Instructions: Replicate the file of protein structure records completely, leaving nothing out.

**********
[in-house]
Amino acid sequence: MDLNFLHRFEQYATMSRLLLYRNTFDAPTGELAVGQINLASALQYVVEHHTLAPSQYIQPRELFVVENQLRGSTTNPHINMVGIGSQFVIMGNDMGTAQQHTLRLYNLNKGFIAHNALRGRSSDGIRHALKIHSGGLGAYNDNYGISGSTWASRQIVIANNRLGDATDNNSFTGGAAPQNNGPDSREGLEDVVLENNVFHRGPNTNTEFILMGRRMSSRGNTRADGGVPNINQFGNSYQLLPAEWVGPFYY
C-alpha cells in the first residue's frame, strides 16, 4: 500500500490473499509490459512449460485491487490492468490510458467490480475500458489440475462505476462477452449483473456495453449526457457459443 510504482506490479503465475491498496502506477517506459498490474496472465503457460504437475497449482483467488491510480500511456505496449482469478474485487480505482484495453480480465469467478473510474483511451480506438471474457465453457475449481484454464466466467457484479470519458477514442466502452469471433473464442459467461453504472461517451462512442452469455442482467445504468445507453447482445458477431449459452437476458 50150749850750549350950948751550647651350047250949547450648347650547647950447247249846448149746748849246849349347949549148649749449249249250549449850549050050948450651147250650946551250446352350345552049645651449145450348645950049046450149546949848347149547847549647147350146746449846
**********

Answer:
[in-house]
Amino acid sequence: MDLNFLHRFEQYATMSRLLLYRNTFDAPTGELAVGQINLASALQYVVEHHTLAPSQYIQPRELFVVENQLRGSTTNPHINMVGIGSQFVIMGNDMGTAQQHTLRLYNLNKGFIAHNALRGRSSDGIRHALKIHSGGLGAYNDNYGISGSTWASRQIVIANNRLGDATDNNSFTGGAAPQNNGPDSREGLEDVVLENNVFHRGPNTNTEFILMGRRMSSRGNTRADGGVPNINQFGNSYQLLPAEWVGPFYY
C-alpha cells in the first residue's frame, strides 16, 4: 500500500490473499509490459512449460485491487490492468490510458467490480475500458489440475462505476462477452449483473456495453449526457457459443 510504482506490479503465475491498496502506477517506459498490474496472465503457460504437475497449482483467488491510480500511456505496449482469478474485487480505482484495453480480465469467478473510474483511451480506438471474457465453457475449481484454464466466467457484479470519458477514442466502452469471433473464442459467461453504472461517451462512442452469455442482467445504468445507453447482445458477431449459452437476458 50150749850750549350950948751550647651350047250949547450648347650547647950447247249846448149746748849246849349347949549148649749449249249250549449850549050050948450651147250650946551250446352350345552049645651449145450348645950049046450149546949848347149547847549647147350146746449846